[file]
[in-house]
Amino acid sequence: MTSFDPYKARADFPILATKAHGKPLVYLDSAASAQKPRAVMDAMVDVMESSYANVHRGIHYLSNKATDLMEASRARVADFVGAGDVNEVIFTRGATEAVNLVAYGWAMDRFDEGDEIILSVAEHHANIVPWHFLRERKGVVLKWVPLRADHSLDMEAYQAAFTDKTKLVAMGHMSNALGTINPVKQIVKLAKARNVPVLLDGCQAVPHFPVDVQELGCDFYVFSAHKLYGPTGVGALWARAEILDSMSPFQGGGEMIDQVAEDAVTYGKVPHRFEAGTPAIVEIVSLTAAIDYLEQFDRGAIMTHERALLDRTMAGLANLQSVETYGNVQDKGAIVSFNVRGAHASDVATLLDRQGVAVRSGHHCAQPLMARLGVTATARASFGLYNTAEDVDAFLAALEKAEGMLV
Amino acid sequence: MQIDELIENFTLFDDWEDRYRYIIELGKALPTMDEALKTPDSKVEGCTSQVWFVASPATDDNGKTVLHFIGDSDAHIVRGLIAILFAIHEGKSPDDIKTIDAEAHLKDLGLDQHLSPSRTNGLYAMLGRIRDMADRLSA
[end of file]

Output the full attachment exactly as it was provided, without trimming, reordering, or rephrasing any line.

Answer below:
[in-house]
Amino acid sequence: MTSFDPYKARADFPILATKAHGKPLVYLDSAASAQKPRAVMDAMVDVMESSYANVHRGIHYLSNKATDLMEASRARVADFVGAGDVNEVIFTRGATEAVNLVAYGWAMDRFDEGDEIILSVAEHHANIVPWHFLRERKGVVLKWVPLRADHSLDMEAYQAAFTDKTKLVAMGHMSNALGTINPVKQIVKLAKARNVPVLLDGCQAVPHFPVDVQELGCDFYVFSAHKLYGPTGVGALWARAEILDSMSPFQGGGEMIDQVAEDAVTYGKVPHRFEAGTPAIVEIVSLTAAIDYLEQFDRGAIMTHERALLDRTMAGLANLQSVETYGNVQDKGAIVSFNVRGAHASDVATLLDRQGVAVRSGHHCAQPLMARLGVTATARASFGLYNTAEDVDAFLAALEKAEGMLV
Amino acid sequence: MQIDELIENFTLFDDWEDRYRYIIELGKALPTMDEALKTPDSKVEGCTSQVWFVASPATDDNGKTVLHFIGDSDAHIVRGLIAILFAIHEGKSPDDIKTIDAEAHLKDLGLDQHLSPSRTNGLYAMLGRIRDMADRLSA